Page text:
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Date:	Thu, 17 Jul 2014 16:33:36 -0700
From:	"H. Peter Anvin" <>
To:	"Theodore Ts'o" <>,
	Linux Kernel Developers List <>,
CC:	Linus Torvalds <>
Subject: Re: [PATCH] random: limit the contribution of the hw rng to at most

On 07/17/2014 03:08 PM, Theodore Ts'o wrote:
> There was another complaint more recently, that wasn't related to
> nordrand.  And I was rather disturbed that in
> add_interrupt_randomness() 97% of the entropy was coming from RDSEED.
> I'm willing to have some of the entropy come from RDSEED by default,
> but 97% seems to really way too much.

OK, the that formula was Linus' suggestion.

> And the emergency refill code in random_read() was extremely
> problematic.  First of all, we're dropping 512 bytes on the stack,
> which is kind of bad, but hopefully all of the code paths which call
> random_read() won't have a terribly deep stack.

512 bytes is fine here (1K would possibly not have been.)

> Secondly, even after the emergency refill, we block anyway.

Not unless we don't get any data back.  For a nonzero return we loop
back to extract_entropy_user().

> Remember, regardless of whether or not you believe (as a former head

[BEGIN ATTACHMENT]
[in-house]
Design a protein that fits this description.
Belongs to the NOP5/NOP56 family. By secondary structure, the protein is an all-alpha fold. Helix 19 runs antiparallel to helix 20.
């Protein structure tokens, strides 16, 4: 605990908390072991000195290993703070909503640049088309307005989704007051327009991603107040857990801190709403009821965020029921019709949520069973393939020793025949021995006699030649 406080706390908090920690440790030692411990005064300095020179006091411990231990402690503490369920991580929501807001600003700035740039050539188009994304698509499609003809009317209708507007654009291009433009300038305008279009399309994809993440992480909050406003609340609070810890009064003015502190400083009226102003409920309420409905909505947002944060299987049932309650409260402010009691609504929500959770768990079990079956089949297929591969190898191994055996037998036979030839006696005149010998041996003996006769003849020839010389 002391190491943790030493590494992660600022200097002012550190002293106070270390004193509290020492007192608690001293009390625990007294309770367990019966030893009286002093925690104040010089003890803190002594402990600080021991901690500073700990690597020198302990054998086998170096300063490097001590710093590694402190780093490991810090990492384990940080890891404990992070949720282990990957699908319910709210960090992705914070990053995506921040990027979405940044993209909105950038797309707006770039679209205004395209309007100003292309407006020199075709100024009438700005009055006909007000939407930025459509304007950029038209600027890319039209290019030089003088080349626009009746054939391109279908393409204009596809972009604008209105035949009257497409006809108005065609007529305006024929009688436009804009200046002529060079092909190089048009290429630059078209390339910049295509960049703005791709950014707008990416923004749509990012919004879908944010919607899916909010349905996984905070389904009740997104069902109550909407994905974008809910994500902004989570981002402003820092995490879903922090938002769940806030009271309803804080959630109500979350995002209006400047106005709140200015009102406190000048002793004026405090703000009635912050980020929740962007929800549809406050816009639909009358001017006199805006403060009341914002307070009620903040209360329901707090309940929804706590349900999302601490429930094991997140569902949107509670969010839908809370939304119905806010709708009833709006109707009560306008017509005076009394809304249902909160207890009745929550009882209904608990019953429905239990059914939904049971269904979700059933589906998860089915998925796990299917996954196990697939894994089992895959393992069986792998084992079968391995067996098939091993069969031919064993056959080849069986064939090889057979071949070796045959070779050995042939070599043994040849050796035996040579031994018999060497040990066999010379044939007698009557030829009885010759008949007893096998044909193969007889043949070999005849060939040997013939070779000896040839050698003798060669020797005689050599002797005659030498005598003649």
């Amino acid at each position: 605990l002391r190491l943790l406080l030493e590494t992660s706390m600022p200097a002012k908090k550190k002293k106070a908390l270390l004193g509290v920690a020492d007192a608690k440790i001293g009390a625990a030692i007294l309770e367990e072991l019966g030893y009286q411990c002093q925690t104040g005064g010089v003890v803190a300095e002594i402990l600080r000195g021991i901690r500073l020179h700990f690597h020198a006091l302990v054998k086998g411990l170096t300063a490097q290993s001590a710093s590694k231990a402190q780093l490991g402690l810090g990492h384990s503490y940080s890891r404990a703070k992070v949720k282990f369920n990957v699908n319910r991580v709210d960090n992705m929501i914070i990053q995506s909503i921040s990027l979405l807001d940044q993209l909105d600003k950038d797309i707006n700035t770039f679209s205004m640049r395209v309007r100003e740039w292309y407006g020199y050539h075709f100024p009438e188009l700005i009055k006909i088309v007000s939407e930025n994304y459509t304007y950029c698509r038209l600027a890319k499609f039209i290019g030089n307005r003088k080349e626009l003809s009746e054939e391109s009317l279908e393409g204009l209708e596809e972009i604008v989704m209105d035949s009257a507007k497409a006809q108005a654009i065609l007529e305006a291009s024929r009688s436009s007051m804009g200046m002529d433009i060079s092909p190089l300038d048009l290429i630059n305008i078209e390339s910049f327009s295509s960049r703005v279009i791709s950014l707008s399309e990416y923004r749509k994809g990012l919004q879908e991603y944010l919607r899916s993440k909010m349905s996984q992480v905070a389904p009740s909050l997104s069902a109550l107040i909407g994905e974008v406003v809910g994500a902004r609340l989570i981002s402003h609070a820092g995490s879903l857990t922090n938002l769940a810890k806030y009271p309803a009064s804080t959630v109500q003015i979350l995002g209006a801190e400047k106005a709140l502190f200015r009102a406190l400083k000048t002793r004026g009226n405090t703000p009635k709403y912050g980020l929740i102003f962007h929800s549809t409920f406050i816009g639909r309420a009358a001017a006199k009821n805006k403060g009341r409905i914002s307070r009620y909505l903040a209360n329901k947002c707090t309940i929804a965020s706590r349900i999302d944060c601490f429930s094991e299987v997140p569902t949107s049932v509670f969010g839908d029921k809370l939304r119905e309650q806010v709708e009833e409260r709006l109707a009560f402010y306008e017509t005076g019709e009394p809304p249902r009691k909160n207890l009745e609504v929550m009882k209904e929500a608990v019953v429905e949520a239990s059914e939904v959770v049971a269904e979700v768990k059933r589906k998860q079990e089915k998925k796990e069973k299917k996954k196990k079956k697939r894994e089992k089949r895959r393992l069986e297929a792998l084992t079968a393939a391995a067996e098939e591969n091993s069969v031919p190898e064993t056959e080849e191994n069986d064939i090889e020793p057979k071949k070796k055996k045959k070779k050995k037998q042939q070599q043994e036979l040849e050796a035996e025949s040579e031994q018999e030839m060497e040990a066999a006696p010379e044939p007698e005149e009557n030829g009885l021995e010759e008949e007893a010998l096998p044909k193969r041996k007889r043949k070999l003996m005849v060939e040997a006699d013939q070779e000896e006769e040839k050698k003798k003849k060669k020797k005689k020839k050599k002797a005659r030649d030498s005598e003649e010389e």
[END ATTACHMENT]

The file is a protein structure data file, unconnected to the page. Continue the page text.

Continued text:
> of NSA's technology directorate recently claimed) that the DUAL-EC p
> and q were generated using NSA's standard high-quality HW RNG system
> which they use to generate all of their crypto variables, or (as the
> NIST advisory panel has recently concluded) that it was highly likely
> that DUAL-EC was backdoored, it's the optics that matter, because
> those of us without top-drawer SI security clearances can't prove
> things one way or another.

Dual-EC was also heavily criticized by the civilian cryptographic
community since at least 2006.

> And when 99.95% of the entropy when reading large quantities of keying
> material from /dev/random is coming from RDSEED, that just has
> terrible, terrible optics....

I just want to make sure we don't negatively impact the real security of
users because of "optics".  We already have a lot of problems with
people extracting long-living keys from /dev/urandom because /dev/random
is too slow.

I have no objection to the khwrngd route -- in fact, as you know, I have
been heavily encouraging the development of khwrngd with exactly this in
mind -- but it is just an issue of timing.


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